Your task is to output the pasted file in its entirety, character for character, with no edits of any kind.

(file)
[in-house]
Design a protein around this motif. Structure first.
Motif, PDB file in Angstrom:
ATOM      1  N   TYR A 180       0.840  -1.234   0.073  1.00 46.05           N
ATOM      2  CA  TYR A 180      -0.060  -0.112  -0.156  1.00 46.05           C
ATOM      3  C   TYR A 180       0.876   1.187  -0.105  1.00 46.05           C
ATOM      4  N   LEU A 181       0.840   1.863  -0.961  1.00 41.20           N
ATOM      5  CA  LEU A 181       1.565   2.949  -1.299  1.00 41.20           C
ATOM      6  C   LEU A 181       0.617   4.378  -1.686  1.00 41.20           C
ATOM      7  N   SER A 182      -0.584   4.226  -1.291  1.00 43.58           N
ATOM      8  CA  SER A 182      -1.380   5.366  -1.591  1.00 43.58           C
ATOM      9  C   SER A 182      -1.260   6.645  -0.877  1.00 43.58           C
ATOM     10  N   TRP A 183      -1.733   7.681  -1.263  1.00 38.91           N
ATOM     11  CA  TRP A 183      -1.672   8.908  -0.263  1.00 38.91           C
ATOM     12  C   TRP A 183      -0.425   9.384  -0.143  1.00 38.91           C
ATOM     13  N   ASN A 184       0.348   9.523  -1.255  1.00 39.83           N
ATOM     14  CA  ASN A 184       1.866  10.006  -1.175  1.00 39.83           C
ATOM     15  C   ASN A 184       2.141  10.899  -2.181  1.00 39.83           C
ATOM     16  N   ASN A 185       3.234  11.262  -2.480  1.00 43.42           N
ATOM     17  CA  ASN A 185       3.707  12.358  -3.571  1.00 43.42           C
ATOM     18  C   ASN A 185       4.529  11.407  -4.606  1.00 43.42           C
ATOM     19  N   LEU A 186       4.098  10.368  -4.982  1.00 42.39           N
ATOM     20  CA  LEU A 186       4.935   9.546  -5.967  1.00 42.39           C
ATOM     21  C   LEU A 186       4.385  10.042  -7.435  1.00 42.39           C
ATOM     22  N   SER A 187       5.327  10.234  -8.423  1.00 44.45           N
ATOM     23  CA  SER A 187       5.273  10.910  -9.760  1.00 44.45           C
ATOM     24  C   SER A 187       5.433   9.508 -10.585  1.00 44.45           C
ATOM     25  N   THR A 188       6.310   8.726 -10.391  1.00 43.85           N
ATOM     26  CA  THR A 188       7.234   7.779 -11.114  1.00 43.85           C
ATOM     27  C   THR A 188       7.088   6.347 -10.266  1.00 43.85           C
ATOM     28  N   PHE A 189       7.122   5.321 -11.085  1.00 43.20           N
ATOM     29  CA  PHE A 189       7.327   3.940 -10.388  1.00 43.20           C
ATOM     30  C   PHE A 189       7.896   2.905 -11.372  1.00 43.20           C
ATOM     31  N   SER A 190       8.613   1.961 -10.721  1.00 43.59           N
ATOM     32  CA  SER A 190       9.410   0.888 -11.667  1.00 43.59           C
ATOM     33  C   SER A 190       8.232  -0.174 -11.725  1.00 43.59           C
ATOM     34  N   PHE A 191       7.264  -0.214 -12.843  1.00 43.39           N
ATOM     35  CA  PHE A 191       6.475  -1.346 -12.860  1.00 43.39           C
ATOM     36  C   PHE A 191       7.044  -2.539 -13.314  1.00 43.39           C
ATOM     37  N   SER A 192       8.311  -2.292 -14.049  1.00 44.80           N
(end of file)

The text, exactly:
[in-house]
Design a protein around this motif. Structure first.
Motif, PDB file in Angstrom:
ATOM      1  N   TYR A 180       0.840  -1.234   0.073  1.00 46.05           N
ATOM      2  CA  TYR A 180      -0.060  -0.112  -0.156  1.00 46.05           C
ATOM      3  C   TYR A 180       0.876   1.187  -0.105  1.00 46.05           C
ATOM      4  N   LEU A 181       0.840   1.863  -0.961  1.00 41.20           N
ATOM      5  CA  LEU A 181       1.565   2.949  -1.299  1.00 41.20           C
ATOM      6  C   LEU A 181       0.617   4.378  -1.686  1.00 41.20           C
ATOM      7  N   SER A 182      -0.584   4.226  -1.291  1.00 43.58           N
ATOM      8  CA  SER A 182      -1.380   5.366  -1.591  1.00 43.58           C
ATOM      9  C   SER A 182      -1.260   6.645  -0.877  1.00 43.58           C
ATOM     10  N   TRP A 183      -1.733   7.681  -1.263  1.00 38.91           N
ATOM     11  CA  TRP A 183      -1.672   8.908  -0.263  1.00 38.91           C
ATOM     12  C   TRP A 183      -0.425   9.384  -0.143  1.00 38.91           C
ATOM     13  N   ASN A 184       0.348   9.523  -1.255  1.00 39.83           N
ATOM     14  CA  ASN A 184       1.866  10.006  -1.175  1.00 39.83           C
ATOM     15  C   ASN A 184       2.141  10.899  -2.181  1.00 39.83           C
ATOM     16  N   ASN A 185       3.234  11.262  -2.480  1.00 43.42           N
ATOM     17  CA  ASN A 185       3.707  12.358  -3.571  1.00 43.42           C
ATOM     18  C   ASN A 185       4.529  11.407  -4.606  1.00 43.42           C
ATOM     19  N   LEU A 186       4.098  10.368  -4.982  1.00 42.39           N
ATOM     20  CA  LEU A 186       4.935   9.546  -5.967  1.00 42.39           C
ATOM     21  C   LEU A 186       4.385  10.042  -7.435  1.00 42.39           C
ATOM     22  N   SER A 187       5.327  10.234  -8.423  1.00 44.45           N
ATOM     23  CA  SER A 187       5.273  10.910  -9.760  1.00 44.45           C
ATOM     24  C   SER A 187       5.433   9.508 -10.585  1.00 44.45           C
ATOM     25  N   THR A 188       6.310   8.726 -10.391  1.00 43.85           N
ATOM     26  CA  THR A 188       7.234   7.779 -11.114  1.00 43.85           C
ATOM     27  C   THR A 188       7.088   6.347 -10.266  1.00 43.85           C
ATOM     28  N   PHE A 189       7.122   5.321 -11.085  1.00 43.20           N
ATOM     29  CA  PHE A 189       7.327   3.940 -10.388  1.00 43.20           C
ATOM     30  C   PHE A 189       7.896   2.905 -11.372  1.00 43.20           C
ATOM     31  N   SER A 190       8.613   1.961 -10.721  1.00 43.59           N
ATOM     32  CA  SER A 190       9.410   0.888 -11.667  1.00 43.59           C
ATOM     33  C   SER A 190       8.232  -0.174 -11.725  1.00 43.59           C
ATOM     34  N   PHE A 191       7.264  -0.214 -12.843  1.00 43.39           N
ATOM     35  CA  PHE A 191       6.475  -1.346 -12.860  1.00 43.39           C
ATOM     36  C   PHE A 191       7.044  -2.539 -13.314  1.00 43.39           C
ATOM     37  N   SER A 192       8.311  -2.292 -14.049  1.00 44.80           N